The BOCC has postponed until August 2017 consideration of a Comprehensive Plan Amendment that would allow conversion of the density in motels and hotels to be used for affordable housing. The following letter to the editor was published in the Key West Citizen that expresses concerns Last Stand board has with the changes.
The BOCC will consider a request from the owner of the old Caribbean Village property on Big Coppitt to change the County’s Comprehensive Plan and Land Development Code so he can build more employee housing units than the current zoning allows.
Unfortunately, neighbors do not know this is about to happen. There was no requirement to send notices about density increases at Caribbean Village. The other sites within the County where this can be done and the impact to those neighbors are not yet fully understood. Is this really a good idea?
The proposed change would allow an owner to capture the number of hotel/motel rooms that exist or used to exist on a property in unincorporated Monroe and allow them to be rehabilitated into or replaced with employee housing.
A potential advantage is the rapid conversion of old hotel/motel stock into employee housing. However, old hotels/motels had smaller rooms, less parking and fewer amenities than residential living units require today. If it is not cost effective to rehabilitate an old hotel, does it make sense to use limited affordable ROGOs to deed restrict it for 99 years? Replacing these old units with new buildings will likely require variances to setbacks, parking, landscaping and open space. Variances have adverse impacts on neighbors.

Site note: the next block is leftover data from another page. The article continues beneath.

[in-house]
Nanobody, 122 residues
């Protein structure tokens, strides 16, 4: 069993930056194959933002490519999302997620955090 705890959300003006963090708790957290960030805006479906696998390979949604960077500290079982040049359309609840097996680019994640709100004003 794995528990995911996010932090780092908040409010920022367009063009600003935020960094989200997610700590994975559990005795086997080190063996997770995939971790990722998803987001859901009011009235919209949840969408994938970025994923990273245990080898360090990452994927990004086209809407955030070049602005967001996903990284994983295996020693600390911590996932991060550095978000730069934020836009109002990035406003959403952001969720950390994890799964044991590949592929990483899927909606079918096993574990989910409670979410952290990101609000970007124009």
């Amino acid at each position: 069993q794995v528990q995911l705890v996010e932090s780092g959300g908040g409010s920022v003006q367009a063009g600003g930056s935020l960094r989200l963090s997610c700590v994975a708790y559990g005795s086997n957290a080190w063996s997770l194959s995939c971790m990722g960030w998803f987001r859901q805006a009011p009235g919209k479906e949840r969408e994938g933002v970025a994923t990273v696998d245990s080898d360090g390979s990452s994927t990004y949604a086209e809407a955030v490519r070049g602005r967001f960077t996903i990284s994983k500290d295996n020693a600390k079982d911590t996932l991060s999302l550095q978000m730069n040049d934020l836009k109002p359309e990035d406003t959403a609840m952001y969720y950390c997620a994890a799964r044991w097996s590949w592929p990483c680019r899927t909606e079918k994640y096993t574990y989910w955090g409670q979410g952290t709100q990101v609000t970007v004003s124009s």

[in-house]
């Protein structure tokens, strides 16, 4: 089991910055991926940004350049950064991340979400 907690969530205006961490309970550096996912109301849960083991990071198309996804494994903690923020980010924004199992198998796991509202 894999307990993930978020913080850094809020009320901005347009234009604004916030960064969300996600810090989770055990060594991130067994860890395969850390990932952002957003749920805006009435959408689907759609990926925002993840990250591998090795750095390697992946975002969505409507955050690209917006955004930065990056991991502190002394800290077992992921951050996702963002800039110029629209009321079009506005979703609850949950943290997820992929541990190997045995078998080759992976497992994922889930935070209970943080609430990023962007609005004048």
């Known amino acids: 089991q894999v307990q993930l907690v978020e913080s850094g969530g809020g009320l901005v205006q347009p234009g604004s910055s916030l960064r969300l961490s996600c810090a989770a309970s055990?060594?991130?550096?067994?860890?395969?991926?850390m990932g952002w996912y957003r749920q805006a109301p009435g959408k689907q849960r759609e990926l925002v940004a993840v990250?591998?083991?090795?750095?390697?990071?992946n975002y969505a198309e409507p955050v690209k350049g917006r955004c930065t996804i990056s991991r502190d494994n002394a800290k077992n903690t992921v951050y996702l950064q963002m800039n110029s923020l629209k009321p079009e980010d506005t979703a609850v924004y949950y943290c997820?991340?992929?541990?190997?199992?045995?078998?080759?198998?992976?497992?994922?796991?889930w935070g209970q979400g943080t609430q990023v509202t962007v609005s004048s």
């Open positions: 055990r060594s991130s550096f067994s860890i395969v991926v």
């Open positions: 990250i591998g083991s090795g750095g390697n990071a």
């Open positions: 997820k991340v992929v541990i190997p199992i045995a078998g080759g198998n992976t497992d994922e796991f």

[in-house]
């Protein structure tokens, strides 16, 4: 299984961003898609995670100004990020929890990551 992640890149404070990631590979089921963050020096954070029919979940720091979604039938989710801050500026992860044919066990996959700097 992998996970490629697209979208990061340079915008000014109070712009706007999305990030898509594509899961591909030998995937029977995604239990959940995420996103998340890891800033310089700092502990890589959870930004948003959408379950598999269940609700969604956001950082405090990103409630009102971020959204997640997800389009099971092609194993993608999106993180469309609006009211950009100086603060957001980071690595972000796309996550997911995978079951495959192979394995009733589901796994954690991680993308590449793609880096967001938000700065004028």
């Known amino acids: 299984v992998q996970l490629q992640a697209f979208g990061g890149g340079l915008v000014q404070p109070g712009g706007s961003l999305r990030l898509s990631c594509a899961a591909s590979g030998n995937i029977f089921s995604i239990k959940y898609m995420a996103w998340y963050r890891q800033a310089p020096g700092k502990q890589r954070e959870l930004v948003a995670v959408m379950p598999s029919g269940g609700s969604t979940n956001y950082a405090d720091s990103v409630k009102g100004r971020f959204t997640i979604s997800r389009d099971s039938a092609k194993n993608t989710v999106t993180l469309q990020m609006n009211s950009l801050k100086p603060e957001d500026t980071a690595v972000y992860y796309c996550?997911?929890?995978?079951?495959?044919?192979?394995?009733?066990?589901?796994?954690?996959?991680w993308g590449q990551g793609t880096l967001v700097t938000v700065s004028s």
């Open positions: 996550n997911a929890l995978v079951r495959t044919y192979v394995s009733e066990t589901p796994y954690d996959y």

Today property owners can do conversions. The difference here is the higher density. Last Stand believes that small “Mom & Pop” hotel/motels that were established before current density limits were in place have the right to rebuild their existing transient units, as long as they comply with the other requirements of the code. However, conversion of that non-conforming transient density into permanent residential density was never intended and should not be allowed. That is why we oppose the proposed change.
Without question, the County needs more affordable housing, but affordable ROGOs are limited. They should be allocated in the right locations for projects that meet all current code requirements, without requiring variances. Last Stand supports the affordable housing projects in the pipeline today that can be done without variances and without changing our Comprehensive Plan.